Background: Patients with advanced non-small-cell lung cancer (NSCLC) and acute respiratory failure (ARF) from central airway obstruction (CAO) may be offered end-of-life care rather than intensive care treatment and palliative bronchoscopic intervention.
Objectives: To determine whether bronchoscopic intervention could be immediately successful in restoring airway patency and obviate the need for continued mechanical ventilation in a homogeneous group of inoperable mechanically ventilated patients with ARF and CAO from NSCLC.
Methods: A retrospective study of 12 consecutive intubated and mechanically ventilated patients with inoperable or unresectable CAO from NSCLC referred for therapeutic bronchoscopic intervention between January 2003 and December 2008. Outcome measures included time-to-postintervention extubation and survival. Procedural success was defined as successful restoration of airway patency, extubation and removal from mechanical ventilation within 24 h after bronchoscopic intervention.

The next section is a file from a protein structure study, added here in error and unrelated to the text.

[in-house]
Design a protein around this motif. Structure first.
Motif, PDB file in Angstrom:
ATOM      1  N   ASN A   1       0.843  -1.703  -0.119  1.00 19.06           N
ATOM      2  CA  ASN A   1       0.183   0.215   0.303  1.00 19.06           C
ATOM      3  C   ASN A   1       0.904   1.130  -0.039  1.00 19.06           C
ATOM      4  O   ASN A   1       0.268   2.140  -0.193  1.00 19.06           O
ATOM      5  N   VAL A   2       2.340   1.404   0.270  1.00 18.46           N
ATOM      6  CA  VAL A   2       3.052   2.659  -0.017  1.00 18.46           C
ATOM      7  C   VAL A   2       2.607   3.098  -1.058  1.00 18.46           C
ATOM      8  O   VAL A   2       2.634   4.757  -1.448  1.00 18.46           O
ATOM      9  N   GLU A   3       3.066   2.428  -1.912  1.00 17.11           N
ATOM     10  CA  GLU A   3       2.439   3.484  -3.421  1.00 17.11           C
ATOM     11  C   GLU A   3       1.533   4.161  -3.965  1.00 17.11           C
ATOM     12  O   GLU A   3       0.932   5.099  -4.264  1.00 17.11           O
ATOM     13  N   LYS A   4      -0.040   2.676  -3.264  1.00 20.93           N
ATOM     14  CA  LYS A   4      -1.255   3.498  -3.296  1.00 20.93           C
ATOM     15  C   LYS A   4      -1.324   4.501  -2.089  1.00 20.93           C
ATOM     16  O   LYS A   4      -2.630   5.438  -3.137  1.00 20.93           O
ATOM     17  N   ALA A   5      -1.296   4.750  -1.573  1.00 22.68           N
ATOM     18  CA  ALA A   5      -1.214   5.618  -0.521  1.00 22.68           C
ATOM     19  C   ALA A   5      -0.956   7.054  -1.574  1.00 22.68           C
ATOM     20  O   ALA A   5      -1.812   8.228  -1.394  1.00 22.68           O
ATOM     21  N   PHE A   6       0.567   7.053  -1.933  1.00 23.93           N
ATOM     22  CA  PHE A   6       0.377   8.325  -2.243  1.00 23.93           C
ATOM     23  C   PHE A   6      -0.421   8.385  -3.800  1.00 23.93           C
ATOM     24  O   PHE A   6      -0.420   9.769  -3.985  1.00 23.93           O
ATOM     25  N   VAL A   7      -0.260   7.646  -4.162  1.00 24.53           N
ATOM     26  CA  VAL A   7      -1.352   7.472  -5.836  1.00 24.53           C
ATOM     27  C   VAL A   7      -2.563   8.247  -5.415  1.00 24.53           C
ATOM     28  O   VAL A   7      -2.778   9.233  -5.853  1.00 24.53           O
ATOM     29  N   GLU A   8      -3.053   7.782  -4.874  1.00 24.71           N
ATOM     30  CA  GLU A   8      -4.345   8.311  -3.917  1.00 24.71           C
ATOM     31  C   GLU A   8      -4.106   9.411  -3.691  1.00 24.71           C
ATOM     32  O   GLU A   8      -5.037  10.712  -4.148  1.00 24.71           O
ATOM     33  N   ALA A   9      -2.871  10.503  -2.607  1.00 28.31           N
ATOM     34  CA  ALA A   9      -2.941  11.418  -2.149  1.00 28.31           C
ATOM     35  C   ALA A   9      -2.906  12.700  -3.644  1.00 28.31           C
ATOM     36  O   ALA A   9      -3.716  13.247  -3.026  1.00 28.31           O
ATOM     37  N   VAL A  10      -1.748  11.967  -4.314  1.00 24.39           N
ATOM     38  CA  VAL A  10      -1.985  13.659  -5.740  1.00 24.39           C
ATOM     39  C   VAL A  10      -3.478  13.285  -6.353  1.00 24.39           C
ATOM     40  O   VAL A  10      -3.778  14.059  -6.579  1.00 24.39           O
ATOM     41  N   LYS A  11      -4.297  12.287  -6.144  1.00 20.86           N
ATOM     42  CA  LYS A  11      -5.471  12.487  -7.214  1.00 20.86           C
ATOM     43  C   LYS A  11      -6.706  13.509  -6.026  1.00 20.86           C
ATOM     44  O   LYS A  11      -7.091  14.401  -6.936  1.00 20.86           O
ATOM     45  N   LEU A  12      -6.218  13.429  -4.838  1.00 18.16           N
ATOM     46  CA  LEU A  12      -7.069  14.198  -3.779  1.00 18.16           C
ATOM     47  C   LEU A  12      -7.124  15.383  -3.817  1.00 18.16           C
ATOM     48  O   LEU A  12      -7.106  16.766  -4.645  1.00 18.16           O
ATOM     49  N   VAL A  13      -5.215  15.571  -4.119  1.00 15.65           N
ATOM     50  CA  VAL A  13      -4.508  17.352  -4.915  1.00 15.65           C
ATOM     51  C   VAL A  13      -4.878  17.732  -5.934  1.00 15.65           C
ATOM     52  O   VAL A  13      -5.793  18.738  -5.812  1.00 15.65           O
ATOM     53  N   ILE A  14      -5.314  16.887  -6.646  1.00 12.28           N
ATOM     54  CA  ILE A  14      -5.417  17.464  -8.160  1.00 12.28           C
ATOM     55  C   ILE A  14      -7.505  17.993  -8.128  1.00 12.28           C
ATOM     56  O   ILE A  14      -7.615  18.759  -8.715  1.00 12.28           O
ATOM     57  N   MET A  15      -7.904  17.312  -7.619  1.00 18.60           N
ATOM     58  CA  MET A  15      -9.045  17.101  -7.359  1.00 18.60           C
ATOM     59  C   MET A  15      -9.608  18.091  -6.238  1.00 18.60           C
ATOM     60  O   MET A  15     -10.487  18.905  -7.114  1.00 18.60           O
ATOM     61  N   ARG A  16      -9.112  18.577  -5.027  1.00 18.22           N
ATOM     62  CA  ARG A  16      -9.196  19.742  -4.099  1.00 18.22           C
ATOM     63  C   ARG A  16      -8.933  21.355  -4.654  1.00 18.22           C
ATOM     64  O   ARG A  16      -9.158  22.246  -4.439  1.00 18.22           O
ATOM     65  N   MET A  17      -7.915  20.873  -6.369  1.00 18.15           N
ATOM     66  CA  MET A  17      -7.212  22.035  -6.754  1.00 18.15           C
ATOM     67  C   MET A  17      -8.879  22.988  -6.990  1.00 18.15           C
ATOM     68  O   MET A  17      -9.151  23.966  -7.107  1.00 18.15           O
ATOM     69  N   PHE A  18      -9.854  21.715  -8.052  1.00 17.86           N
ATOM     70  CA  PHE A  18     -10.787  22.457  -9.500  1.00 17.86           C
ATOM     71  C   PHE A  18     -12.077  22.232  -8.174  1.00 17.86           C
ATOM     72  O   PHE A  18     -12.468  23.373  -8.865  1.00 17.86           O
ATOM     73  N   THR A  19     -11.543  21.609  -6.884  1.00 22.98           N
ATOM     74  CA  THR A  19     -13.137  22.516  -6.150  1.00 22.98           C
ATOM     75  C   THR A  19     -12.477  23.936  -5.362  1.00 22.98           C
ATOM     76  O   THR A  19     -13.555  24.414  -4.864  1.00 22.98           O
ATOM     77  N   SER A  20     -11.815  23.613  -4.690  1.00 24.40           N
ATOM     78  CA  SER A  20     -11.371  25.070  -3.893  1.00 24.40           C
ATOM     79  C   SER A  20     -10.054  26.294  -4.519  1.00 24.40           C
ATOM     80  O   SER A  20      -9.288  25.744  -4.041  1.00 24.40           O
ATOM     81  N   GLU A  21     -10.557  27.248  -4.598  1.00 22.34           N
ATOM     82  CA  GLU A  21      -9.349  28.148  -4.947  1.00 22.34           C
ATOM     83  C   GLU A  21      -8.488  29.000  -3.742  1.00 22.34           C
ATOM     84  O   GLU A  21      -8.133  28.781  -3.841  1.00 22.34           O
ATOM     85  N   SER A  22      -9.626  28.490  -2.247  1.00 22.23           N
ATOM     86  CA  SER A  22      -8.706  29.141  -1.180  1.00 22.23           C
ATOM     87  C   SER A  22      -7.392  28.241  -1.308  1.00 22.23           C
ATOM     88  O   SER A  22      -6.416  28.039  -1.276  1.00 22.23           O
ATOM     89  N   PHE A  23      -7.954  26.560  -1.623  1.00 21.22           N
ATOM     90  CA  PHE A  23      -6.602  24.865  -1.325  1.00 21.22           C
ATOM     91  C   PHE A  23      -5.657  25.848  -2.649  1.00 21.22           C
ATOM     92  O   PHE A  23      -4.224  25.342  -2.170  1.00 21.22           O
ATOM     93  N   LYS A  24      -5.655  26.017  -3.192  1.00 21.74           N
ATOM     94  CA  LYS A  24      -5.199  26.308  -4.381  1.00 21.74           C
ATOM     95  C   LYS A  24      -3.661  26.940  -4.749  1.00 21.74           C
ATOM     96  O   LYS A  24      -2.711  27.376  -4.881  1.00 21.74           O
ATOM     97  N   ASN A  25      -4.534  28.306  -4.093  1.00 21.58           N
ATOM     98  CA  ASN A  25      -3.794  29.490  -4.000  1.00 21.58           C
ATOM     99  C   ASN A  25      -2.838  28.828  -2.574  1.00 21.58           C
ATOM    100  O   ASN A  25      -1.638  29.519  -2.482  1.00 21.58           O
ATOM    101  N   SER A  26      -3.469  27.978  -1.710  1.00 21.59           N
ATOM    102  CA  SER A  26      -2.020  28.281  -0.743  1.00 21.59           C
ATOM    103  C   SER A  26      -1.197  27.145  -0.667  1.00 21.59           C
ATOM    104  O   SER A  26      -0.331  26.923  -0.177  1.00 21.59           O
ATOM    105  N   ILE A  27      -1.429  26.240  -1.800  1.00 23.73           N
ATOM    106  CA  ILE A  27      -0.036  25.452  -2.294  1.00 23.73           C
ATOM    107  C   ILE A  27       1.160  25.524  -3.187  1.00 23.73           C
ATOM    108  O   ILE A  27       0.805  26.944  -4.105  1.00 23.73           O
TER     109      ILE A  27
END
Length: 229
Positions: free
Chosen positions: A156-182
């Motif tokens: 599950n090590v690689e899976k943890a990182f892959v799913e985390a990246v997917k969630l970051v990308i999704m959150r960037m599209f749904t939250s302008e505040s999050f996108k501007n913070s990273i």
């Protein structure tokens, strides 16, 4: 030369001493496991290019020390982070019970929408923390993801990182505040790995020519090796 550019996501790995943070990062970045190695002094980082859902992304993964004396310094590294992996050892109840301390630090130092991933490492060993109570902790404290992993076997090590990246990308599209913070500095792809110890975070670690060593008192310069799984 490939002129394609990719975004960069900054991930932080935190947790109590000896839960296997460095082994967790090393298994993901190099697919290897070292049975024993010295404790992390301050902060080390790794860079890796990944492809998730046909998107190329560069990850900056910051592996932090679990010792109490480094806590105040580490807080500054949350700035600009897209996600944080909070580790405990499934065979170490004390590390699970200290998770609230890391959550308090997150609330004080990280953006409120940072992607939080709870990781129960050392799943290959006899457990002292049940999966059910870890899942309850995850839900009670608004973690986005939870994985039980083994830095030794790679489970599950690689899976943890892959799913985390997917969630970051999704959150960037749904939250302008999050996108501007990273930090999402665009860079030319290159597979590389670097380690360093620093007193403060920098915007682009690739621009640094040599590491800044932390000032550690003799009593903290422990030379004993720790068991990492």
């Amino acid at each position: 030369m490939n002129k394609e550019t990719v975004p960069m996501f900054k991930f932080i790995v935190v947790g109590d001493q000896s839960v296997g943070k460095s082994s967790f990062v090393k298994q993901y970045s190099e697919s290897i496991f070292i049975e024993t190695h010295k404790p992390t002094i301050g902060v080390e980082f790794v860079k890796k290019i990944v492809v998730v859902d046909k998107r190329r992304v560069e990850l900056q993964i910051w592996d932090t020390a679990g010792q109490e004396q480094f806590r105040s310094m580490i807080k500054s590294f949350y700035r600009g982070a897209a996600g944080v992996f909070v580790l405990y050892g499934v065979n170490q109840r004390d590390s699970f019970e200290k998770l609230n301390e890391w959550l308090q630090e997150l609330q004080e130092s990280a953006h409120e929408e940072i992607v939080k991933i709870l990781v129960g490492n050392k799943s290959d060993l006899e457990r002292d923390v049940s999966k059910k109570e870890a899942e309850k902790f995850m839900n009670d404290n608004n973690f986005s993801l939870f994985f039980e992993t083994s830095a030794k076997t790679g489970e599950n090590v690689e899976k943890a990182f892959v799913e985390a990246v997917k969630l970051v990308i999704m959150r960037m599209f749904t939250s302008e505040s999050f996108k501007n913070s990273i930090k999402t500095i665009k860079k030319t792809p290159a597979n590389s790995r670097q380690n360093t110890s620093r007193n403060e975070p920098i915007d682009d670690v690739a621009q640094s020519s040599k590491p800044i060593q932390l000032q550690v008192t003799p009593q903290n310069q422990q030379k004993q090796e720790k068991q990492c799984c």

Results: Twelve intubated and mechanically ventilated patients were admitted to the ICU during the 6-year study period. Airway patency was restored in 11/12 (91%) patients. Bronchoscopic intervention resulted in immediate extubation and discontinuation of mechanical ventilation in 9/12 (75%) patients. Overall median survival was 228 days (range 6-927). For the 9 patients extubated within 24 h after intervention, however, median survival was 313 days (range 6-927).
Conclusions: Intubated patients with respiratory failure caused by CAO from NSCLC can be successfully and rapidly removed from mechanical ventilation after bronchoscopic interventions aimed at restoring airway patency. Median survival greater than 10 months justifies ICU hospitalization and referral for bronchoscopic treatment.
Copyright © 2012 S. Karger AG, Basel.